As we assist ecommerce and multichannel companies in planning their ecommerce fulfillment center expansion, we often see managers prematurely jump at the first building they see and talk about costs. In our opinion the most productive process involves outlining your requirements first, then creating a checklist to see how various facilities stack up.

Warehouse design and function vary widely. Having a requirements checklist helps you make sure the building you’re looking at has everything you need.

Below is a standard checklist as a starting point; you can tailor it to suit your particular situation.

Strategic Plan and Space Required

Start by determining your rough square footage requirements. This includes storage, dock areas, office and employee areas, customer pickup and counter sales window.

The largest portion of your ecommerce fulfillment center is devoted to storage. Often facilities don’t last as long as originally planned because product assortment – and therefore bulk storage, picking and floor locations – grows faster than anticipated.

Working with senior management and the merchandise team, plan out how the number of SKUs, types of product and storage media will grow. For example, an apparel business may decide over time to sell home décor. A home décor SKU generally requires more area and may not be conveyable like flat-bagged apparel. Or they decide to sell shoes which means dozens of SKUs (and therefore more pick faces) per base style. Have you determined the number of SKUs, the cubic feet of storage required for an average week vs. peak and extrapolated it forward for the planned life of the facility? This will require some serious number crunching which often doesn’t get done.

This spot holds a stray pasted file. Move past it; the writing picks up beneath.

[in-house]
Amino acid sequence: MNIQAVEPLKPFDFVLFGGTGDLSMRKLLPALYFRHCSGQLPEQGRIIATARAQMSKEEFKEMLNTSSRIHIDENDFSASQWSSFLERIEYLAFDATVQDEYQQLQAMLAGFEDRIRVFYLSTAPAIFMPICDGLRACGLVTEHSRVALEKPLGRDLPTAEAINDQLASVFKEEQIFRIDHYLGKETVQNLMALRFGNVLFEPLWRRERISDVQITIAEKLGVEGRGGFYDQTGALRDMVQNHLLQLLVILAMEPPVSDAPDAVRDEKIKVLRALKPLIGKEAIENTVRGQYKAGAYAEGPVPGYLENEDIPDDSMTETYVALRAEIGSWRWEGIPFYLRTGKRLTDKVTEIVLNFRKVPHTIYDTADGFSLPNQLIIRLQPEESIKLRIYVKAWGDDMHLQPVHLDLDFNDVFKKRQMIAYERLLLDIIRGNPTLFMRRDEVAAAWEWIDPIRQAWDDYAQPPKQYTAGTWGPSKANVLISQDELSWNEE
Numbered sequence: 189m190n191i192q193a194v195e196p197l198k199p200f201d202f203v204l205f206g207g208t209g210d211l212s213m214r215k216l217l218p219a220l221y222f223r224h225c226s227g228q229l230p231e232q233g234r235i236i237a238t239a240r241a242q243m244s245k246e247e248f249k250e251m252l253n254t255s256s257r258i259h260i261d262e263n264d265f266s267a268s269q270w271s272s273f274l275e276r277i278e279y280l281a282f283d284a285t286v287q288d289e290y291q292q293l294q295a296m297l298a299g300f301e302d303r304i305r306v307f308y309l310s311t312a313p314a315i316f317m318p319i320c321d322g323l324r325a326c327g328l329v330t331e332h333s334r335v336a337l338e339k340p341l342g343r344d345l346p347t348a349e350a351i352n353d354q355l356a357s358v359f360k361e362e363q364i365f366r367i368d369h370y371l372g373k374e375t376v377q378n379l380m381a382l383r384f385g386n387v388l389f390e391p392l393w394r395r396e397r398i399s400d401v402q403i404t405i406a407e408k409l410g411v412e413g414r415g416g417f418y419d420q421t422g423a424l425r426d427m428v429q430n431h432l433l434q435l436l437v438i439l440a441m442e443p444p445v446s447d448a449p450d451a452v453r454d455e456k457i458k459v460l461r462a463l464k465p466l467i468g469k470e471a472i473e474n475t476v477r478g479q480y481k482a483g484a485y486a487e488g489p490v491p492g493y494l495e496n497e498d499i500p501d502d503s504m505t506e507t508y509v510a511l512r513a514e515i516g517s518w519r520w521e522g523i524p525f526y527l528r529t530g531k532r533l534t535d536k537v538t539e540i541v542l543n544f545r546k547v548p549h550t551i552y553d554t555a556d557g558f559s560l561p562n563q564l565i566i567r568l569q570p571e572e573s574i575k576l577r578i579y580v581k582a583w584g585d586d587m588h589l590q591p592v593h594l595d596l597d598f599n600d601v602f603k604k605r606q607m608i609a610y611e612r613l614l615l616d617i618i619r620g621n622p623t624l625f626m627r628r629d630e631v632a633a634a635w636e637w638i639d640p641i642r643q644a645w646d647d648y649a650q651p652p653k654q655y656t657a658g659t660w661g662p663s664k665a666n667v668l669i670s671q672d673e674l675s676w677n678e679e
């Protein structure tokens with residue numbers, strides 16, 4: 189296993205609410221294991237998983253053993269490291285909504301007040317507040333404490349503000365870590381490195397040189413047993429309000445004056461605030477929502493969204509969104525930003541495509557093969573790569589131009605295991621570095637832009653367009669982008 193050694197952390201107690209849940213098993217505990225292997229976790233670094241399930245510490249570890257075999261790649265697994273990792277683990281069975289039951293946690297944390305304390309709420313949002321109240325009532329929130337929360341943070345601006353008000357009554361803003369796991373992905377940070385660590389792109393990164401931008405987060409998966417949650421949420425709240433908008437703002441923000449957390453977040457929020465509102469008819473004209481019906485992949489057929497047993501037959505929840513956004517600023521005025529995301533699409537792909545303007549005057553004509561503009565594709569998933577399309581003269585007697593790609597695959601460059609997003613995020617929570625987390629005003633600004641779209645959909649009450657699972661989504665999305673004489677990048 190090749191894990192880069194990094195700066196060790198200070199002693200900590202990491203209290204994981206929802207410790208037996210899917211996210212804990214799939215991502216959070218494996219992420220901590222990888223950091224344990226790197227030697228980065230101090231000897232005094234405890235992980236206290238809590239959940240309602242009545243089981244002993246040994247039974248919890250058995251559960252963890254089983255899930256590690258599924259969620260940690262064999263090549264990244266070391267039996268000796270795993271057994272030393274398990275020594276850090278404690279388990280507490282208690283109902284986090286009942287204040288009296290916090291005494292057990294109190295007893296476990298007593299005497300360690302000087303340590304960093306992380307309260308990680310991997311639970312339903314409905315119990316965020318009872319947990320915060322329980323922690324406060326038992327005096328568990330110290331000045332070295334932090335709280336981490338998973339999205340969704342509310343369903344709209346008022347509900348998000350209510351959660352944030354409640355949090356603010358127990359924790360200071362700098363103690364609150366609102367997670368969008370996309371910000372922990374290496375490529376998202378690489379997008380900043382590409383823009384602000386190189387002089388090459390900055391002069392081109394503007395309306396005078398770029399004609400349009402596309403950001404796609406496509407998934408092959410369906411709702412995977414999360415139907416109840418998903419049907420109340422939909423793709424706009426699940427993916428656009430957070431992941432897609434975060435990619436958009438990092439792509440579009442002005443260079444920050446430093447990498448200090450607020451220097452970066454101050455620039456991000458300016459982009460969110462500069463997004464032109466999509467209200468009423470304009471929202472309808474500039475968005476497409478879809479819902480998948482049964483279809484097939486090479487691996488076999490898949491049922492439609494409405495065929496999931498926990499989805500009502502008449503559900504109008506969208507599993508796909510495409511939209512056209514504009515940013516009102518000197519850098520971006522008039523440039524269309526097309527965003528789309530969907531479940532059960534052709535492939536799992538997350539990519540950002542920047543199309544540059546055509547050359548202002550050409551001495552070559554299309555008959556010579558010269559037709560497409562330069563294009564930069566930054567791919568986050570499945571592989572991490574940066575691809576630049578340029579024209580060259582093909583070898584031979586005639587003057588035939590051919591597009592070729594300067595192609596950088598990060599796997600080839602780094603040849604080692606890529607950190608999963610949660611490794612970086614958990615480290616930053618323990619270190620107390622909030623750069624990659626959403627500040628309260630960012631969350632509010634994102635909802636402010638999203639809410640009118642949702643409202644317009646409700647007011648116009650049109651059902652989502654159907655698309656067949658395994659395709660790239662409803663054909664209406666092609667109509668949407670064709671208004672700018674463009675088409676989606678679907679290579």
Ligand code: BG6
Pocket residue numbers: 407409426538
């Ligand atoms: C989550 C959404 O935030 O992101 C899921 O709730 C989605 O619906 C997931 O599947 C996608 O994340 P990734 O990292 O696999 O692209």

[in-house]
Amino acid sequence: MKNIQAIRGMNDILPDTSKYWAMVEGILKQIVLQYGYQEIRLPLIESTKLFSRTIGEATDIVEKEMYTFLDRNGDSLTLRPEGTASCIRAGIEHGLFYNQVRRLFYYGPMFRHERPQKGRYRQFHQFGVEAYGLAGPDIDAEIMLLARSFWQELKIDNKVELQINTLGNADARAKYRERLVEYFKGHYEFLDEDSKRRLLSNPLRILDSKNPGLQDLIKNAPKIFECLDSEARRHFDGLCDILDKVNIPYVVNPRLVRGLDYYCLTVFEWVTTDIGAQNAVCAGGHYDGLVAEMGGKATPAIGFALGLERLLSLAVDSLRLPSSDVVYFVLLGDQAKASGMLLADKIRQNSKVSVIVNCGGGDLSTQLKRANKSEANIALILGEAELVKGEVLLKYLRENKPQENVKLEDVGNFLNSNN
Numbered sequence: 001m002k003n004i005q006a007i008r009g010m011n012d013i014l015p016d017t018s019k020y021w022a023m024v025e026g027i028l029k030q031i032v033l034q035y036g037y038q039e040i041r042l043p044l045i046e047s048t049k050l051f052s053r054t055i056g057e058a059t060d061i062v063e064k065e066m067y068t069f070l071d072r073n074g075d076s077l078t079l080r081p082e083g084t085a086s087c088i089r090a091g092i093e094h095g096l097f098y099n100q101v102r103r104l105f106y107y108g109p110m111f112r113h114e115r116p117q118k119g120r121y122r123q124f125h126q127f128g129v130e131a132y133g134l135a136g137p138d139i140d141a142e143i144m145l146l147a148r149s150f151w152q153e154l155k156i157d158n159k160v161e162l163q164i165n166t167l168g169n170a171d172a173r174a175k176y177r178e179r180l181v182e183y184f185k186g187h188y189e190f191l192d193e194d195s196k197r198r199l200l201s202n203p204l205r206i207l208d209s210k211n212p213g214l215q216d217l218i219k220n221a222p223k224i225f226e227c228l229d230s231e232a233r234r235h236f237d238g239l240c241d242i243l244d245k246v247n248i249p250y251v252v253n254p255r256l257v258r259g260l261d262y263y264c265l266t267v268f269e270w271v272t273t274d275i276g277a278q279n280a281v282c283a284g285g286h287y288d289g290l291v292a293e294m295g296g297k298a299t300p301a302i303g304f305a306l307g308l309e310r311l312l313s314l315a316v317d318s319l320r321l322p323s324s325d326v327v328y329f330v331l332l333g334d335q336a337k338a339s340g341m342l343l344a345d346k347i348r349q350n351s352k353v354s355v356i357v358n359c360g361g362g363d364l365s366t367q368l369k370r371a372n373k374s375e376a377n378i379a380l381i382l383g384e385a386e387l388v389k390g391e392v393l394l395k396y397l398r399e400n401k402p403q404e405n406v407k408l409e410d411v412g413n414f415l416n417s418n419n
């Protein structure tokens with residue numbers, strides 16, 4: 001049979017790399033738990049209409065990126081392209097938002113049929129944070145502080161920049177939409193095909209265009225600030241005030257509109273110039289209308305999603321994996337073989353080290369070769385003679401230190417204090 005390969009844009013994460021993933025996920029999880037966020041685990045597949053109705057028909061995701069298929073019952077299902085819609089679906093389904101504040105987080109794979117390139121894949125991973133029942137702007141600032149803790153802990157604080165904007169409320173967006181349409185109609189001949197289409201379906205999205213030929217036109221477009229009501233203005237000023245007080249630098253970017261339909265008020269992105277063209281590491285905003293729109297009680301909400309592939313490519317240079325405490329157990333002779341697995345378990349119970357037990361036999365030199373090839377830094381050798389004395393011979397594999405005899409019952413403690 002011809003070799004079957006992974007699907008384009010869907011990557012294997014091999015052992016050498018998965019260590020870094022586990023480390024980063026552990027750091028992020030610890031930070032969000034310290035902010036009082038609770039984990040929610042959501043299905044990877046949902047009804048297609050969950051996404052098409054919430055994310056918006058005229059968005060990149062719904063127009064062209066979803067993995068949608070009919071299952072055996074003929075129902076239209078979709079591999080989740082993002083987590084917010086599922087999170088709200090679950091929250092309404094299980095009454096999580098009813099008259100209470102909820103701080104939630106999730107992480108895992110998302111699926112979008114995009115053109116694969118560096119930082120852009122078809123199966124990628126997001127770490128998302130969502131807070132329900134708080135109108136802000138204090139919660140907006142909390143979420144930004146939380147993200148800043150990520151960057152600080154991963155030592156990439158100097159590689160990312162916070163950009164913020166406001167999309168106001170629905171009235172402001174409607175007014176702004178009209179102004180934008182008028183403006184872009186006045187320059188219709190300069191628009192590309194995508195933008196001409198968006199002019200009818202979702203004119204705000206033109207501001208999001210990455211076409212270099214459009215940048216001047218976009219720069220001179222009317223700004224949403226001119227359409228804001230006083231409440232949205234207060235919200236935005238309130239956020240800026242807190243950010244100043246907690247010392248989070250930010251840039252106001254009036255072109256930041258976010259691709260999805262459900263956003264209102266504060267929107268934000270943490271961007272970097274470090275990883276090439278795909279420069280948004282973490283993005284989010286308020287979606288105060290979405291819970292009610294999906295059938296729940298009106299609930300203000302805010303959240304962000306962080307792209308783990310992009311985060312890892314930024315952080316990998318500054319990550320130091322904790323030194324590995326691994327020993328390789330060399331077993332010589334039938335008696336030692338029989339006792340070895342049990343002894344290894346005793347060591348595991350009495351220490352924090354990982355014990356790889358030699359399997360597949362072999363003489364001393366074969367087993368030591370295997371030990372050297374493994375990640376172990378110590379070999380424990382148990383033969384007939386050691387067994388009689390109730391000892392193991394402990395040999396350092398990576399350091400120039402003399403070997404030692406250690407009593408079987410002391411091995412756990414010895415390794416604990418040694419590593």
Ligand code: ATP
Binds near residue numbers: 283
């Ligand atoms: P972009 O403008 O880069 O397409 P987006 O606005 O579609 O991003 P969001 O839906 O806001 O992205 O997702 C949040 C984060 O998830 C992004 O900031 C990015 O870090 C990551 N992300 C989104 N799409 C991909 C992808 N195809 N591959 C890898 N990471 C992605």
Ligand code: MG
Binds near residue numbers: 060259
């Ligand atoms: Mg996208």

In your strategic planning by year, determine how the facility will need to expand its capacity to process orders, returns and value-added functions. This will give you data to plan needed square footage for staging pick carts, pack stations, returns processing and other services. Receiving and shipping are covered below.

Facility Footprint and Shape

Sometimes ecommerce fulfillment center space is odd shaped or uses mezzanines. Narrow and long buildings increase put-away and picking travel times. From a workflow perspective, trace how product would flow through the facility from inbound docks…